Gulf of Martaban
|Official name||Gulf of Mottama|
|Designated||10 May 2017|
The Gulf of Martaban (Burmese: မုတ္တမပင်လယ်ကွေ့) or the Gulf of Mottama is an arm of the Andaman Sea in the southern part of Burma. The gulf is named after the port city of Mottama (formerly known as Martaban). The Sittaung, Salween and Yangon rivers empty into it.
A characteristic feature of the Gulf of Martaban is that it has a tide-dominated coastline. Tides ranges between 4–7 m with the highest tidal range at the Elephant Point in the western Gulf of Martaban.
During spring tide, when the tidal range is around 6.6 m, the turbid zone covers an area of more than 45,000 km2 making it one of the largest perennially turbid zones of the world's oceans. During neap tide, with tidal range of 2.98 m, the highly turbid zone coverage drops to 15,000 km2. The edge of the highly turbid zone migrates back-and-forth in-sync with every tidal cycle by nearly 150 km.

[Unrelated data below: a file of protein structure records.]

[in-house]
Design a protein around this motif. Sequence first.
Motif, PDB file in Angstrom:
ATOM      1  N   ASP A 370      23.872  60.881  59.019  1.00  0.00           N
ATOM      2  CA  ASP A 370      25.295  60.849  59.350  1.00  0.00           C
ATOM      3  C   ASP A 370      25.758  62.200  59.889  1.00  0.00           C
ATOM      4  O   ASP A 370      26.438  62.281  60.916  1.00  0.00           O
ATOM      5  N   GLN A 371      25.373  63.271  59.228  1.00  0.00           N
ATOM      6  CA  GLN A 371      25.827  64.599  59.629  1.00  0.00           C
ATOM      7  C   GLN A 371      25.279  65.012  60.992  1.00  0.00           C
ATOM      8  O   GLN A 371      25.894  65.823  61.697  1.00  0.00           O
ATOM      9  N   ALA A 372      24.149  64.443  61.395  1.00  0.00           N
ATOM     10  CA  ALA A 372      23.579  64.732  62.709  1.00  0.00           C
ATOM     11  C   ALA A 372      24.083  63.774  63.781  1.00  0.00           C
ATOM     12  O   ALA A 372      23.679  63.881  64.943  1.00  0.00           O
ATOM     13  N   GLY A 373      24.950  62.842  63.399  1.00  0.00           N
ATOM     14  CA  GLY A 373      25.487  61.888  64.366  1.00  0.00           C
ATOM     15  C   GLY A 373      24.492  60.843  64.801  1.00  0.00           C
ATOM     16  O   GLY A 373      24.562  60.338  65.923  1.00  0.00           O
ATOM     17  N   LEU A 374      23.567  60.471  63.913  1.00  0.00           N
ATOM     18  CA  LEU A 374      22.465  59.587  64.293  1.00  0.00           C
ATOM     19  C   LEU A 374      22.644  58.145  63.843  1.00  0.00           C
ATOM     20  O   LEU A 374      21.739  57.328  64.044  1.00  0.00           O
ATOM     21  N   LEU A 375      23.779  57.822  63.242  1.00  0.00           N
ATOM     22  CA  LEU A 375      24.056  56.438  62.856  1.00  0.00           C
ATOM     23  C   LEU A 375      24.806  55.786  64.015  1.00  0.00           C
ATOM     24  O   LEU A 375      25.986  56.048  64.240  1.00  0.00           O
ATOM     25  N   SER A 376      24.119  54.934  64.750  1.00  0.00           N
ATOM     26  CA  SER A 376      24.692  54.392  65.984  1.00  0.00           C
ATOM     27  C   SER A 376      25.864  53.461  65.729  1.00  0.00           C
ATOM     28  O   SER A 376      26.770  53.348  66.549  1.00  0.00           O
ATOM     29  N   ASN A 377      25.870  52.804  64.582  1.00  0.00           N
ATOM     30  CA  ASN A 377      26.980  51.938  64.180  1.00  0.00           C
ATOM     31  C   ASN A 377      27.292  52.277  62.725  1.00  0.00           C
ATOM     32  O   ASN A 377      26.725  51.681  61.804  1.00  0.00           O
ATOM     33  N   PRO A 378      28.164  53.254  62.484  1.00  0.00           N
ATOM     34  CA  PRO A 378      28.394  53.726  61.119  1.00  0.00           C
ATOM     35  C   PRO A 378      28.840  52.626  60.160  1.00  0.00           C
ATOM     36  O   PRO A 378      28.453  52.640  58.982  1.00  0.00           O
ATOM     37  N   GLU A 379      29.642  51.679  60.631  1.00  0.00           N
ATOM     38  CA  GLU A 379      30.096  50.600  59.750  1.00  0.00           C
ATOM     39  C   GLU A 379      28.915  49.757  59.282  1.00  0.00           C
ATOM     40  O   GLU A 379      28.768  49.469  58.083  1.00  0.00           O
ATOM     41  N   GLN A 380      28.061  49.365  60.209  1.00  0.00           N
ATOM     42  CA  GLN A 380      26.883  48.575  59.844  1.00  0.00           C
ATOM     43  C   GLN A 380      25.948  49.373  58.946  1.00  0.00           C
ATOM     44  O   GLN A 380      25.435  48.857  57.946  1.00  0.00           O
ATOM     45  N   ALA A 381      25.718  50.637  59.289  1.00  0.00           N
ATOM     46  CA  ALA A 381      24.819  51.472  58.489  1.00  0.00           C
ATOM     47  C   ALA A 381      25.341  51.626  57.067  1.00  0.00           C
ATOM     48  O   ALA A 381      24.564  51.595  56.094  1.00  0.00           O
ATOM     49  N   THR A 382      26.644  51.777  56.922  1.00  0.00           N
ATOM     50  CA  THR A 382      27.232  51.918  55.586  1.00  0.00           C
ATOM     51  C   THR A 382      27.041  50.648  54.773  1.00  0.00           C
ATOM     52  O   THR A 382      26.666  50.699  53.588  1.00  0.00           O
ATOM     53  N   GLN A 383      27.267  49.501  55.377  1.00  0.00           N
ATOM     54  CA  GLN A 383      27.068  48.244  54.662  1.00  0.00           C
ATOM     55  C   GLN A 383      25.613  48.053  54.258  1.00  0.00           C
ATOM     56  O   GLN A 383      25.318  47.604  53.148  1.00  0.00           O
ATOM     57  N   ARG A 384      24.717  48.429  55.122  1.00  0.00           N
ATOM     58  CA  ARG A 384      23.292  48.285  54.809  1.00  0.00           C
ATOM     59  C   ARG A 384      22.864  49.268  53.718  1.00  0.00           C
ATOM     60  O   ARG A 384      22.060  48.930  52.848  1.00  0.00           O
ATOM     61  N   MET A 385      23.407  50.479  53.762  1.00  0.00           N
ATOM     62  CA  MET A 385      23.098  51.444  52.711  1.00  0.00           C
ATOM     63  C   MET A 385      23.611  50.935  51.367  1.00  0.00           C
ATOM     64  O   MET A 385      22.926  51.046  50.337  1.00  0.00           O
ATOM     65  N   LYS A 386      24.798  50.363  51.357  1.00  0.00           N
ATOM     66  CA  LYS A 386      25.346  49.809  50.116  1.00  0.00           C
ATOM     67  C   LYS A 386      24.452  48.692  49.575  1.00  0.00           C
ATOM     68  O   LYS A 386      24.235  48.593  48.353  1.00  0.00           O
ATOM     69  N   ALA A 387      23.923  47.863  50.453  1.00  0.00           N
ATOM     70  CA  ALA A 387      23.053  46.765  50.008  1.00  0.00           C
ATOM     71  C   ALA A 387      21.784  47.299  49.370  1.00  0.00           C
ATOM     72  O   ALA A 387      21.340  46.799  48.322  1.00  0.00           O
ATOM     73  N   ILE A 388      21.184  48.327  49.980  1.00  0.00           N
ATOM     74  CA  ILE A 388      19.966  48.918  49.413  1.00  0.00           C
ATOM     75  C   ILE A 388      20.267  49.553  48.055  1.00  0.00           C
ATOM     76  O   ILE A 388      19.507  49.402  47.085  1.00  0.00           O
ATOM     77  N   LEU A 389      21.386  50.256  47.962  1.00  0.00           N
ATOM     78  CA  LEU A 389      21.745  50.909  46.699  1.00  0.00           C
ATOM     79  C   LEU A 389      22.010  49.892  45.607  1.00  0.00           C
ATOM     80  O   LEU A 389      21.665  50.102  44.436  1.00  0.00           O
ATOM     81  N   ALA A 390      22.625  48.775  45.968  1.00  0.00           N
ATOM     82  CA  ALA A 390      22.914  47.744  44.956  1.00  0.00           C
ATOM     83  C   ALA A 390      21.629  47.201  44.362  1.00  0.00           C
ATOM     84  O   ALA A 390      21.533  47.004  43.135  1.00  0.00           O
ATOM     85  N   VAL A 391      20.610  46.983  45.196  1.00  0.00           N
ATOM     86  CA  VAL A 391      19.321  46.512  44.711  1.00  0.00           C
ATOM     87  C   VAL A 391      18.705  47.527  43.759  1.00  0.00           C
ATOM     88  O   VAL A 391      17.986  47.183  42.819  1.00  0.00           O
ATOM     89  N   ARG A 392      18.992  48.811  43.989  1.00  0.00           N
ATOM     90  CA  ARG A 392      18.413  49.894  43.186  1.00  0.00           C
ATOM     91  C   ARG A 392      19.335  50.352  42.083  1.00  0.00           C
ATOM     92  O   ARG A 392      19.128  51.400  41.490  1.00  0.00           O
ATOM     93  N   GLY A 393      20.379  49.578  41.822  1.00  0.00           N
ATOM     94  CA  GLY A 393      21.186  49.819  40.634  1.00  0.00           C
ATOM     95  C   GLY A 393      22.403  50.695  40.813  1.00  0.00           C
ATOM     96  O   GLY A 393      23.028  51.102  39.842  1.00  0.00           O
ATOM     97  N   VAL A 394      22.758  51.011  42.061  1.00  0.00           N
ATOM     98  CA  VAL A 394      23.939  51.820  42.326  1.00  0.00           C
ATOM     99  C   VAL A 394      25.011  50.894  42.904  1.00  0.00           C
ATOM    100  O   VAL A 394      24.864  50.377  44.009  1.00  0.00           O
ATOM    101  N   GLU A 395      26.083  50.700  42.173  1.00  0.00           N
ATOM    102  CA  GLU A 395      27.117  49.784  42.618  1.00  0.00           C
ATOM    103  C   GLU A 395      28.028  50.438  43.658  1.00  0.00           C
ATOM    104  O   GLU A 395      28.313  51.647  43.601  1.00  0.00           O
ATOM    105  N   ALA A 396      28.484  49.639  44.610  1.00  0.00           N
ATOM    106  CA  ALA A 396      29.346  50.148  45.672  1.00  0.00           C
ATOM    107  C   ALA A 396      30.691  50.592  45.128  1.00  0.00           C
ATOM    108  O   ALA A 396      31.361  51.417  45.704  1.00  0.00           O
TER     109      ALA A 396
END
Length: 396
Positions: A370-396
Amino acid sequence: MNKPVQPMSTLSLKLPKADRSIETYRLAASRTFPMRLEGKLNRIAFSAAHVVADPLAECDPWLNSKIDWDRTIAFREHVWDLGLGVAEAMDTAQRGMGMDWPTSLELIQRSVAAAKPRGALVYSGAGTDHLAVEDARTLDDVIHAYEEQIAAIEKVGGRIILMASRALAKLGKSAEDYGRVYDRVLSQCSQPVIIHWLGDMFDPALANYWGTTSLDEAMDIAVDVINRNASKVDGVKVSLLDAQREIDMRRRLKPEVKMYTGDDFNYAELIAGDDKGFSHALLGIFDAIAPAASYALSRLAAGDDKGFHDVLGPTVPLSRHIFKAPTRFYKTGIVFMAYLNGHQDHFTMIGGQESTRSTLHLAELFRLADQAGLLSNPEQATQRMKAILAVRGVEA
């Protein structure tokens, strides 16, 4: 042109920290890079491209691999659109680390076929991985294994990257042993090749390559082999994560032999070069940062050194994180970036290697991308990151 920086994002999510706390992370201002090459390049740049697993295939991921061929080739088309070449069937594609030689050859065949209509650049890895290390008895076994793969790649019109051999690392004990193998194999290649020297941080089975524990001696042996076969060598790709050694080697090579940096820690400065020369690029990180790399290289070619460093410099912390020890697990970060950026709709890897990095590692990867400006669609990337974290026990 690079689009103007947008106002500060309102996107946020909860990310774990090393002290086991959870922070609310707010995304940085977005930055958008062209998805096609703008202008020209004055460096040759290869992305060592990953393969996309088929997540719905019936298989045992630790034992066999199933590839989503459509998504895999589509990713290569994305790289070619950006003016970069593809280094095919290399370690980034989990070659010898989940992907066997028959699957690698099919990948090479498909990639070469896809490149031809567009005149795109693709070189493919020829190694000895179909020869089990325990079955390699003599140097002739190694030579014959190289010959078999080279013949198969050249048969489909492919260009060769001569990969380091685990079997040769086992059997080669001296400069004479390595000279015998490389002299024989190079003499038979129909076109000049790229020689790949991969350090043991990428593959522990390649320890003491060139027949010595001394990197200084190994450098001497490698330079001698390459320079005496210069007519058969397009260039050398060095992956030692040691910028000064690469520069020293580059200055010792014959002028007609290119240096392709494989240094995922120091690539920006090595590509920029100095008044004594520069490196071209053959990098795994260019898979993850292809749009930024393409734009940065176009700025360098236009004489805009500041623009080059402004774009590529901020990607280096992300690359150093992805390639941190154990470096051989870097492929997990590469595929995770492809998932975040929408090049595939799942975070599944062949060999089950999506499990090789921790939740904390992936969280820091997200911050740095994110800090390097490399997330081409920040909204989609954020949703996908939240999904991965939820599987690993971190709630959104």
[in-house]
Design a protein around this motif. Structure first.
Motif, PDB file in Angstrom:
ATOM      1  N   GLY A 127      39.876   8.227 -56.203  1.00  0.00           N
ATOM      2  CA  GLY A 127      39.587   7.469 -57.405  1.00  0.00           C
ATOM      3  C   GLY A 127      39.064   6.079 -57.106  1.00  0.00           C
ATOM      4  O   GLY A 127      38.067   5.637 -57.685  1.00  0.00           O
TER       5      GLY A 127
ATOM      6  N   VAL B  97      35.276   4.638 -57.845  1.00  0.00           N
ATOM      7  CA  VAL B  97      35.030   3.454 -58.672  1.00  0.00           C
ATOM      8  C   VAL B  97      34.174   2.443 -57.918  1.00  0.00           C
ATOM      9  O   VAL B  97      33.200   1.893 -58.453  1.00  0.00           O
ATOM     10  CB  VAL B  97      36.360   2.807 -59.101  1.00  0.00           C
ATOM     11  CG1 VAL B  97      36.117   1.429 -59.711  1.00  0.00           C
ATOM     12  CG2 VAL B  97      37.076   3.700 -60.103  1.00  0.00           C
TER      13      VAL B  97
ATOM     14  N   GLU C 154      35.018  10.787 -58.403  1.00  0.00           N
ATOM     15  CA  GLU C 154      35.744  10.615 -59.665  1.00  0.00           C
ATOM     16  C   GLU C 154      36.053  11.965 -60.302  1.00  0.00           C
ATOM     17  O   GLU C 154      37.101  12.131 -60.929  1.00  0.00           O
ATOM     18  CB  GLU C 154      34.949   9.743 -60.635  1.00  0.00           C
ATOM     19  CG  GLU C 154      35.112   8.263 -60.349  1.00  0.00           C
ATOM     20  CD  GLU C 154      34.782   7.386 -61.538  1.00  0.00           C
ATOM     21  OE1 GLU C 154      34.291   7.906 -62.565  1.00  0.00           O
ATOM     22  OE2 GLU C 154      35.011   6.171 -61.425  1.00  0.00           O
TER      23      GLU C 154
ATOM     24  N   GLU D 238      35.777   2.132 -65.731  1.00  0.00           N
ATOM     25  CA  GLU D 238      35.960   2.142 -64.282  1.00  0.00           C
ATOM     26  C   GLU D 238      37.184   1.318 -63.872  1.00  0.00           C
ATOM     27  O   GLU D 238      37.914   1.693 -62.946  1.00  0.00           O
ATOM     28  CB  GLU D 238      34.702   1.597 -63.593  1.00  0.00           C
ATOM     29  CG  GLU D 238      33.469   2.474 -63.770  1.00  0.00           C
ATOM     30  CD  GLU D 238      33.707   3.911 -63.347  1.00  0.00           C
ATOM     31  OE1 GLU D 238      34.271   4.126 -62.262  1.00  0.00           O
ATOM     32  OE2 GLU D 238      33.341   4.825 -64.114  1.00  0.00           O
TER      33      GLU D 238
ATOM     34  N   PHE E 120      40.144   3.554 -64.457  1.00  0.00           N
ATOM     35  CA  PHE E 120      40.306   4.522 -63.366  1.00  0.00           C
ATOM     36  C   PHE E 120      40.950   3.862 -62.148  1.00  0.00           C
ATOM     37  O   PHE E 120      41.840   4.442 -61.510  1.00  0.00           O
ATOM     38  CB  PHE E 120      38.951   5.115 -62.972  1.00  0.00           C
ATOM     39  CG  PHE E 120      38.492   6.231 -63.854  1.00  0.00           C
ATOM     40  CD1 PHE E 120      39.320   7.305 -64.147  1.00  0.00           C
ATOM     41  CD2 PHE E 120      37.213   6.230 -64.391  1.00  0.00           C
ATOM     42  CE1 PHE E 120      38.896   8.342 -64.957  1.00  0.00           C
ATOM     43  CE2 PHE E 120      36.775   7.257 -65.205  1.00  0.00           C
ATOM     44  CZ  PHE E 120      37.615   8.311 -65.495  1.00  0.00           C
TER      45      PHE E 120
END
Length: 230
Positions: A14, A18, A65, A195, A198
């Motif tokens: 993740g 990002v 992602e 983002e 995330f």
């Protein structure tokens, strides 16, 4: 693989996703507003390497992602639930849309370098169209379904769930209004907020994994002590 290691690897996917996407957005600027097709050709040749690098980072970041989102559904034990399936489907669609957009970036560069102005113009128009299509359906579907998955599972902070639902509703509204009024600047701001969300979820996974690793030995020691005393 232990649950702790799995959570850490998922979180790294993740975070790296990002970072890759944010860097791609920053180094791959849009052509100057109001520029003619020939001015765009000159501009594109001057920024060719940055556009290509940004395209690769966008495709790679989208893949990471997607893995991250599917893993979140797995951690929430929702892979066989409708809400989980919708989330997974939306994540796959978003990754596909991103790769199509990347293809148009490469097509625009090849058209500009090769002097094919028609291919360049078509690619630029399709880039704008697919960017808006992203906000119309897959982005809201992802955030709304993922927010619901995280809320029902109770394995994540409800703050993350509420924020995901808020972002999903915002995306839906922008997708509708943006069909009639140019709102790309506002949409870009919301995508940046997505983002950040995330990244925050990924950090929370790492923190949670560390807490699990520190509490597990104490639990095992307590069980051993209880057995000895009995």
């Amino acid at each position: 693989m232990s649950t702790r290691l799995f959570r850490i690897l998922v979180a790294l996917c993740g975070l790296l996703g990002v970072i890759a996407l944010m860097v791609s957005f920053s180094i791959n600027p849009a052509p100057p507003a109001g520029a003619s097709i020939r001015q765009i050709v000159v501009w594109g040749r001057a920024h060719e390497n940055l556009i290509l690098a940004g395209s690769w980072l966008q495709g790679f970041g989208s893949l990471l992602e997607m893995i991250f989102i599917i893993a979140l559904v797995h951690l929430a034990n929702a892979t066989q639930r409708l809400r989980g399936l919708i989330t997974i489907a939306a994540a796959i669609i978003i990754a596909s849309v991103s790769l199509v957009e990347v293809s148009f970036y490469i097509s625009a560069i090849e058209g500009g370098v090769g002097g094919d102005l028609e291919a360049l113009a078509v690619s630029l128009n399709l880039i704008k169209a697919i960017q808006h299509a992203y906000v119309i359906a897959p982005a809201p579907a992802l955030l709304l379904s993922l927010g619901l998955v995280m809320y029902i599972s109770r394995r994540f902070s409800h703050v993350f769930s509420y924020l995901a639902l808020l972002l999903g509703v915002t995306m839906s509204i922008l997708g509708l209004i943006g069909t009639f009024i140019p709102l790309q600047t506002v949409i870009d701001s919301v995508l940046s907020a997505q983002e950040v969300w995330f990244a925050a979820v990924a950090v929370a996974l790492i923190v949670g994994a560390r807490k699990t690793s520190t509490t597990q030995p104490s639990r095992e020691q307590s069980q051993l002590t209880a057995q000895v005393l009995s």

In 2008, the region was found to be rich with oil deposits. It has been a site of oil exploration since 2014 under the "Zawtika development project", an international consortium of American, British, French, Chinese, Thai, Indonesian (PT Gunanusa) and Indian oil and construction companies exploring oil in M7, M9 and M11 blocks.
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